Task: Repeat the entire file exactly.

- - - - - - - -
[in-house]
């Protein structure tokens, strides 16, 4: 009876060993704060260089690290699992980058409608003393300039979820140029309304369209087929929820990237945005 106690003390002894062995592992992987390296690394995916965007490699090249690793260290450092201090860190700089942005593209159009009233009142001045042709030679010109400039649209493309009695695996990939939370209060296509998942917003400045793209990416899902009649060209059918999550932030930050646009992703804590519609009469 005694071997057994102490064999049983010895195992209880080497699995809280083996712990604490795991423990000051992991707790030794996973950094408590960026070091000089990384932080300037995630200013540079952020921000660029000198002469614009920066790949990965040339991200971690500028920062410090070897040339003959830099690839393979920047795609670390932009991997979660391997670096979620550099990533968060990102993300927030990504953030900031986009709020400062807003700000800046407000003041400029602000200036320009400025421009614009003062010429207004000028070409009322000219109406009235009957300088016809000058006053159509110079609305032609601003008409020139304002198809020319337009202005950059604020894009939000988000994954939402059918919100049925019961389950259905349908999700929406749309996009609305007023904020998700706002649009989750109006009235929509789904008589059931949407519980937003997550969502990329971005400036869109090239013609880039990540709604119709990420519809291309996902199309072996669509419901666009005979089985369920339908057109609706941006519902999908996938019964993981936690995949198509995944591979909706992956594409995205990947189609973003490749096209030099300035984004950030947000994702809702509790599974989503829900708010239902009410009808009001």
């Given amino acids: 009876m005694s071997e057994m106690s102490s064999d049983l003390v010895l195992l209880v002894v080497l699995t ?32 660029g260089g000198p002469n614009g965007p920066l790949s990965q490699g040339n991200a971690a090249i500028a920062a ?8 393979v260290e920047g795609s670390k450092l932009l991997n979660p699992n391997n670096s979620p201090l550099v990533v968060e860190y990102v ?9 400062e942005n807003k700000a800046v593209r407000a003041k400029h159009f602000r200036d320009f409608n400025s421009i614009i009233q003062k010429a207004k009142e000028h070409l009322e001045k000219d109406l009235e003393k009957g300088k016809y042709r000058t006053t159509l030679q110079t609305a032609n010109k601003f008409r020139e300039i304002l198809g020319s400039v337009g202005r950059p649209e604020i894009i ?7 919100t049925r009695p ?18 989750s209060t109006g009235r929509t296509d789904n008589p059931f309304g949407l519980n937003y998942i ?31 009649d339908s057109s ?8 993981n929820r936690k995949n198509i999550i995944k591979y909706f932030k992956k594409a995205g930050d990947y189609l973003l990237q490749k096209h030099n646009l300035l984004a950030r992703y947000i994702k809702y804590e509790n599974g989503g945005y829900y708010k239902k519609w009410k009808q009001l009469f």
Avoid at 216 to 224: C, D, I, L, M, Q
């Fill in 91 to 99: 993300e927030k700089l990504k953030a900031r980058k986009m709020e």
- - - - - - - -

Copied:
[in-house]
């Protein structure tokens, strides 16, 4: 009876060993704060260089690290699992980058409608003393300039979820140029309304369209087929929820990237945005 106690003390002894062995592992992987390296690394995916965007490699090249690793260290450092201090860190700089942005593209159009009233009142001045042709030679010109400039649209493309009695695996990939939370209060296509998942917003400045793209990416899902009649060209059918999550932030930050646009992703804590519609009469 005694071997057994102490064999049983010895195992209880080497699995809280083996712990604490795991423990000051992991707790030794996973950094408590960026070091000089990384932080300037995630200013540079952020921000660029000198002469614009920066790949990965040339991200971690500028920062410090070897040339003959830099690839393979920047795609670390932009991997979660391997670096979620550099990533968060990102993300927030990504953030900031986009709020400062807003700000800046407000003041400029602000200036320009400025421009614009003062010429207004000028070409009322000219109406009235009957300088016809000058006053159509110079609305032609601003008409020139304002198809020319337009202005950059604020894009939000988000994954939402059918919100049925019961389950259905349908999700929406749309996009609305007023904020998700706002649009989750109006009235929509789904008589059931949407519980937003997550969502990329971005400036869109090239013609880039990540709604119709990420519809291309996902199309072996669509419901666009005979089985369920339908057109609706941006519902999908996938019964993981936690995949198509995944591979909706992956594409995205990947189609973003490749096209030099300035984004950030947000994702809702509790599974989503829900708010239902009410009808009001």
């Given amino acids: 009876m005694s071997e057994m106690s102490s064999d049983l003390v010895l195992l209880v002894v080497l699995t ?32 660029g260089g000198p002469n614009g965007p920066l790949s990965q490699g040339n991200a971690a090249i500028a920062a ?8 393979v260290e920047g795609s670390k450092l932009l991997n979660p699992n391997n670096s979620p201090l550099v990533v968060e860190y990102v ?9 400062e942005n807003k700000a800046v593209r407000a003041k400029h159009f602000r200036d320009f409608n400025s421009i614009i009233q003062k010429a207004k009142e000028h070409l009322e001045k000219d109406l009235e003393k009957g300088k016809y042709r000058t006053t159509l030679q110079t609305a032609n010109k601003f008409r020139e300039i304002l198809g020319s400039v337009g202005r950059p649209e604020i894009i ?7 919100t049925r009695p ?18 989750s209060t109006g009235r929509t296509d789904n008589p059931f309304g949407l519980n937003y998942i ?31 009649d339908s057109s ?8 993981n929820r936690k995949n198509i999550i995944k591979y909706f932030k992956k594409a995205g930050d990947y189609l973003l990237q490749k096209h030099n646009l300035l984004a950030r992703y947000i994702k809702y804590e509790n599974g989503g945005y829900y708010k239902k519609w009410k009808q009001l009469f």
Avoid at 216 to 224: C, D, I, L, M, Q
């Fill in 91 to 99: 993300e927030k700089l990504k953030a900031r980058k986009m709020e």